Fire Simulation for Engineers/FDS/Limitations

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Although FDS can address most fire scenarios, there are limitations in all of its various algorithms. Some of the more prominent limitations of the model are listed here.

Low speed flow assumption

The use of FDS is limited to low-speedMach numbers less than about 0.3 flow with an emphasis on smoke and heat transport from fires. This assumption rules out using the model for any scenario involving flow speeds approaching the speed of sound, such as explosions, choke flow at nozzles, and detonations.

Rectilinear geometry

The efficiency of FDS is due to the simplicity of its rectilinear numerical grid and the use of a fast, direct solver for the pressure field. This can be a limitation in some situations where certain geometric features do not conform to the rectangular grid, although most building components do. There are techniques in FDS to lessen the effect of “sawtooth” obstructions used to represent non rectangular objects, but these cannot be expected to produce good results if, for example, the intent of the calculation is to study boundary layer effects. For most practical large-scale simulations, the increased grid resolution afforded by the fast pressure solver offsets the approximation of a curved boundary by small rectangular grid cells.

Fire growth and spread

Because the model was originally designed to analyze industrial-scale fires, it can be used reliably when the Heat Release Rate (HRR) of the fire is specified and the transport of heat and exhaust products is the principal aim of the simulation. In these cases, the model predicts flow velocities and temperatures to an accuracy within 10% to 20% of experimental measurements, depending on the resolution of the numerical grid. It is extremely rare to find measurements of local velocities and temperatures from fire experiments that have reported error estimates that are less than 10%. Thus, the most accurate calculations using FDS do not introduce significantly greater errors in these quantities than the vast majority of fire experiments.

However, for fire scenarios where the heat release rate is predicted rather than specified, the uncertainty of the model is higher. There are several reasons for this:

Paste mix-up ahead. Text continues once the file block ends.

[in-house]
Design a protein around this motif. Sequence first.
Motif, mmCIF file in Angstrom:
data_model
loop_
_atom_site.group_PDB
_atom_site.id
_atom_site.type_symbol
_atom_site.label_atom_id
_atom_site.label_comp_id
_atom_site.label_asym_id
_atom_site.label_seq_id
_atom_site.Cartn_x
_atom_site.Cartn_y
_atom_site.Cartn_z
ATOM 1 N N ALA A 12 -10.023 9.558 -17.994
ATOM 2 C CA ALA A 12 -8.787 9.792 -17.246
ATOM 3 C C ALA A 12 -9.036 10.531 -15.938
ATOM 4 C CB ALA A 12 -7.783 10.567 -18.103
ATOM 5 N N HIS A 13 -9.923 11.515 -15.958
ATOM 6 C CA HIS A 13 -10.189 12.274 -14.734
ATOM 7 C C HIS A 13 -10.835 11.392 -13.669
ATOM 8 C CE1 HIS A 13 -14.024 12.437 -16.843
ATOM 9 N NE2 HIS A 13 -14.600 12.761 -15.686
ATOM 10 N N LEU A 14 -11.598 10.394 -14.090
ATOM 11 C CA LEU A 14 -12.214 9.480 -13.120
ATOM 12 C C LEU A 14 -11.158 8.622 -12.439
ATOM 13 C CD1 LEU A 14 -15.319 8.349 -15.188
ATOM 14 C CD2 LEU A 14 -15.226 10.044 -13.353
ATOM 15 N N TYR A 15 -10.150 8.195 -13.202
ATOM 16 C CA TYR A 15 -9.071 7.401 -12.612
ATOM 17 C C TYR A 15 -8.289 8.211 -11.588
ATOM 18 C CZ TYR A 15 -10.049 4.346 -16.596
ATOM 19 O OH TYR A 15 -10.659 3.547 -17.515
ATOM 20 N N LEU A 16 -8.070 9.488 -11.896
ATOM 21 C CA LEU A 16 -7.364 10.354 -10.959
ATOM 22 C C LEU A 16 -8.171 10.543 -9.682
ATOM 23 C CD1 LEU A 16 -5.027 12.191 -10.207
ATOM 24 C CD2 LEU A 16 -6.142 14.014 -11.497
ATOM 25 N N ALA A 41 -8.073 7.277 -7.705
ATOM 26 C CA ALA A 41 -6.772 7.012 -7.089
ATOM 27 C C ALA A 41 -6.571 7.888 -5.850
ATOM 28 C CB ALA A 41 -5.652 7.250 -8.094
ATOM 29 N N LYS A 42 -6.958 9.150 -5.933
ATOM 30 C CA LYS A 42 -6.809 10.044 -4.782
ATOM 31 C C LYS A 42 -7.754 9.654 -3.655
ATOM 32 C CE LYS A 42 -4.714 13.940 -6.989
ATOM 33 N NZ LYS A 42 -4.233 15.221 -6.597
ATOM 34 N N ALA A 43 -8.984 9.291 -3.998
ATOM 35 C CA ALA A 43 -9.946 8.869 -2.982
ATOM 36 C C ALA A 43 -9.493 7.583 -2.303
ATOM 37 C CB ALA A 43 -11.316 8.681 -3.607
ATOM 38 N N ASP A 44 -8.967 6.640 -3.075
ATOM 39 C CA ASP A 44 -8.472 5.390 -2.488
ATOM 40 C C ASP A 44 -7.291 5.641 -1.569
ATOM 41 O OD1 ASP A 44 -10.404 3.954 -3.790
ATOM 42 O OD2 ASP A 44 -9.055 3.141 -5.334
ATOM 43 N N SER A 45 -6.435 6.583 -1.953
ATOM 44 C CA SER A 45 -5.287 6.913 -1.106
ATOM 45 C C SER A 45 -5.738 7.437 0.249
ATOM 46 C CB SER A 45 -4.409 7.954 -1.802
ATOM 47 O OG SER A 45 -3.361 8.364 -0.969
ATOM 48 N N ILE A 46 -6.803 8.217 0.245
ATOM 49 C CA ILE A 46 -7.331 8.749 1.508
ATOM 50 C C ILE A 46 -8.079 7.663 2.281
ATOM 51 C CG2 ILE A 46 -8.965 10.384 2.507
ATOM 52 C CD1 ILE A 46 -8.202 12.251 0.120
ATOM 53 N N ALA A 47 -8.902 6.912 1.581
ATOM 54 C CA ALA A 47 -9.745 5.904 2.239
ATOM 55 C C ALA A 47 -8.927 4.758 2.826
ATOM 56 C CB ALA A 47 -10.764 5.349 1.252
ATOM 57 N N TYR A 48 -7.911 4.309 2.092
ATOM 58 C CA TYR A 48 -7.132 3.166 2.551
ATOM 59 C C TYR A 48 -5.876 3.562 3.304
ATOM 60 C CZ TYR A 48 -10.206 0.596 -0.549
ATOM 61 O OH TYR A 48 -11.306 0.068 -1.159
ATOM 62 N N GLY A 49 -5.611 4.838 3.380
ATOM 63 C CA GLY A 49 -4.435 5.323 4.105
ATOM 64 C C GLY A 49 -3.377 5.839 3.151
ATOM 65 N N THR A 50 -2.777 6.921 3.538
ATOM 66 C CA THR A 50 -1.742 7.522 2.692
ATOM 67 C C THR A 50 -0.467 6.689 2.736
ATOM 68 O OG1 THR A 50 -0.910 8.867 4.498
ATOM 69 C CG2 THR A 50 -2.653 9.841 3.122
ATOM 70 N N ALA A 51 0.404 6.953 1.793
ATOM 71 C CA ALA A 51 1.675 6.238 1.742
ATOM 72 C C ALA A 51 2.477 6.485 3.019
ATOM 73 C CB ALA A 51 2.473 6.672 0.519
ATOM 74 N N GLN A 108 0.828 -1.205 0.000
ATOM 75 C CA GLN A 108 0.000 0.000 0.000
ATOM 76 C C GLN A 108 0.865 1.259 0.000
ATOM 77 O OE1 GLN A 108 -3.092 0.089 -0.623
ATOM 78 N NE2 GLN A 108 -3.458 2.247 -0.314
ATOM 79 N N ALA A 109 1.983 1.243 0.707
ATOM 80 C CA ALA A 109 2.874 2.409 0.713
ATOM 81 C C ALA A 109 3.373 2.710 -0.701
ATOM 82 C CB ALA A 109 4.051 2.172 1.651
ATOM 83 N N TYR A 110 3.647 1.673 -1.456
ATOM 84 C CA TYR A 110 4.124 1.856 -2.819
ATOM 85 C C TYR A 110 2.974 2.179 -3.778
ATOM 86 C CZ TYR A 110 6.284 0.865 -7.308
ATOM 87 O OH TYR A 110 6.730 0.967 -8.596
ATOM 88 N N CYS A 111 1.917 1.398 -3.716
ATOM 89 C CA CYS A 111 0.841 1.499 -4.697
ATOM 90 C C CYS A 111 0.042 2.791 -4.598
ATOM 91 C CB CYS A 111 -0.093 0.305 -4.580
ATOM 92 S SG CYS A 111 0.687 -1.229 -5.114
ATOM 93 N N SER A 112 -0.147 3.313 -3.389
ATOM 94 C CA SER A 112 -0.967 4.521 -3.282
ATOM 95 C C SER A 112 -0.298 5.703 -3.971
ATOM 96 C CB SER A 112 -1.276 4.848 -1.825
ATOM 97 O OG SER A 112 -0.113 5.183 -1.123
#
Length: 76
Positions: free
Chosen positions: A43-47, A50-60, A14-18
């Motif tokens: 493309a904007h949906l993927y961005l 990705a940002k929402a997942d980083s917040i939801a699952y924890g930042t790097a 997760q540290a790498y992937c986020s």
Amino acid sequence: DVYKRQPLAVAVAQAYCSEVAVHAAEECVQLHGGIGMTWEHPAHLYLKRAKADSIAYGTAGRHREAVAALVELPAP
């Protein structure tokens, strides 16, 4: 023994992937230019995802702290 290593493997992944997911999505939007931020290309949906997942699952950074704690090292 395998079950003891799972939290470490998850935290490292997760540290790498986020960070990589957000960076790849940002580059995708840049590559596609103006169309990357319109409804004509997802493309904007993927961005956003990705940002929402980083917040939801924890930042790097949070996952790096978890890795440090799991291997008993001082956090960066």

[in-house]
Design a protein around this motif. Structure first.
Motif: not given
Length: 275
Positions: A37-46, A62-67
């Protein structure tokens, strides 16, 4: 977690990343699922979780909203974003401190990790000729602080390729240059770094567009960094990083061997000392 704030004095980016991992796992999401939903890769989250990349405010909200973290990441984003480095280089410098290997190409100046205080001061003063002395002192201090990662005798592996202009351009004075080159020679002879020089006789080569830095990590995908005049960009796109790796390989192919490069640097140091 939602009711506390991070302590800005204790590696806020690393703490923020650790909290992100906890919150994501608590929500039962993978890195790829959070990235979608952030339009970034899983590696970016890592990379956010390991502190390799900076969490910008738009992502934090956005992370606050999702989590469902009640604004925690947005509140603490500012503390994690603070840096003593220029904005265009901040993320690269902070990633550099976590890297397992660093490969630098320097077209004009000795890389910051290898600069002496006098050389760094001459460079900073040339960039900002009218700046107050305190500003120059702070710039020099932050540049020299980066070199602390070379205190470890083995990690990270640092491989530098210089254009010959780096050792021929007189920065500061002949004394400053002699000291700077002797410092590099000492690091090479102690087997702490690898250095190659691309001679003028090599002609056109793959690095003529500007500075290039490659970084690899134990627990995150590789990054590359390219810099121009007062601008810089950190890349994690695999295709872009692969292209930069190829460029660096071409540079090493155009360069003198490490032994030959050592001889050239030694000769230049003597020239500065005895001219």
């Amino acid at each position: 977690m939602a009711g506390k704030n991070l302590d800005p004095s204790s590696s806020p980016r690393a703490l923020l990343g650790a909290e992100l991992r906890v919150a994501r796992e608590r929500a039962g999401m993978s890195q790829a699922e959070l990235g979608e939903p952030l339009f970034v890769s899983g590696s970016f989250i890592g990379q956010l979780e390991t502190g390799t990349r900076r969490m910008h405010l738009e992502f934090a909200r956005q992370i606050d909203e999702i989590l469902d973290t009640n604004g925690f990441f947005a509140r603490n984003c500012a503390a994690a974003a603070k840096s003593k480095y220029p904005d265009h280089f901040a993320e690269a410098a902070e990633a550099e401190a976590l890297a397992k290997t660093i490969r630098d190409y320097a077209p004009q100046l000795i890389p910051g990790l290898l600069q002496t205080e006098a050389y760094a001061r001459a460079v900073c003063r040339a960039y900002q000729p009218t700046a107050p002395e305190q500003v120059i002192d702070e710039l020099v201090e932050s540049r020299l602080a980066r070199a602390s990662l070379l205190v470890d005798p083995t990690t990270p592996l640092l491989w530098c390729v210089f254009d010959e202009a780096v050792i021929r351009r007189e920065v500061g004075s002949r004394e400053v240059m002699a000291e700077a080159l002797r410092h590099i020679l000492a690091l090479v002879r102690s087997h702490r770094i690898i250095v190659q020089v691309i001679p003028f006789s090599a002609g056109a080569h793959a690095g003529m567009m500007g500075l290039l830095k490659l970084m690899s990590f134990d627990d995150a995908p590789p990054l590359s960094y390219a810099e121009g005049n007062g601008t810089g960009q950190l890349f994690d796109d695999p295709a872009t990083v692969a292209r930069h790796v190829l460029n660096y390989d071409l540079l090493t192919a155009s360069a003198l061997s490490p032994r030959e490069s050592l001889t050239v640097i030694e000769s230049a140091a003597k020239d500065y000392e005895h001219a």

1. Properties of real materials and real fuels are often unknown or difficult to obtain;
2. The physical processes of combustion, radiation and solid phase heat transfer are more complicated than their mathematical representations in FDS;
3. The results of calculations are sensitive to both the numerical and physical parameters. Current research is aimed at improving this situation, but it is safe to say that modeling fire growth and spread will always require a higher level of user skill and judgment than that required for modeling the transport of smoke and heat from specified fires.

Combustion

For most applications, FDS uses a mixture fraction-based combustion model.

The mixture fraction is a conserved scalar quantity that is defined as the fraction of gas at a given point in the flow field that originated as fuel. In its simplest form, the model assumes that combustion is mixing-controlled, and that the reaction of fuel and oxygen is infinitely fast, regardless of the temperature.

For large-scale, well-ventilated fires, this is a good assumption. However, if a fire is in an under-ventilated compartment, or if a suppression agent like water mist or CO_{2} is introduced, fuel and oxygen are allowed to mix and not burn, according to a few empirically-based criteria.

The physical mechanisms underlying these phenomena are complex, and are tied closely to the flame temperature and local strain rate, neither of which are readily-available in a large scale fire simulation.

Subgrid-scale modeling of gas phase suppression and extinction is still an area of active research in the combustion community.

Until reliable models can be developed for building-scale fire simulations, simple empirical rules are used by FDS that prevent burning from taking place when the atmosphere immediately surrounding the fire cannot sustain the combustion.

Radiation

Radiative heat transfer is included in the model via the solution of the radiation transport equation (RTE) for a gray gas, and in some limited cases using a wide band model. The RTE is solved using a technique similar to finite volume methods for convective transport, thus the name given to it is the Finite Volume Method (FVM).

There are several limitations of the model:

• First, the absorption coefficient for the smoke-laden gas is a complex function of its composition and temperature. Because of the simplified combustion model, the chemical composition of the smokey gases, especially the soot content, can effect both the absorption and emission of thermal radiation.
• Second, the radiation transport is discretized via approximately 100 solid angles, although the user may choose to use more angles. For targets far away from a localized source of radiation, like a growing fire, the discretization can lead to a non-uniform distribution of the radiant energy. This error is called “ray effect” and can be seen in the visualization of surface temperatures, where “hot spots” show the effect of the finite number of solid angles. The problem can be lessened by the inclusion of more solid angles, but at a price of longer computing times. In most cases, the radiative flux to far-field targets is not as important as those in the near-field, where coverage by the default number of angles is much better.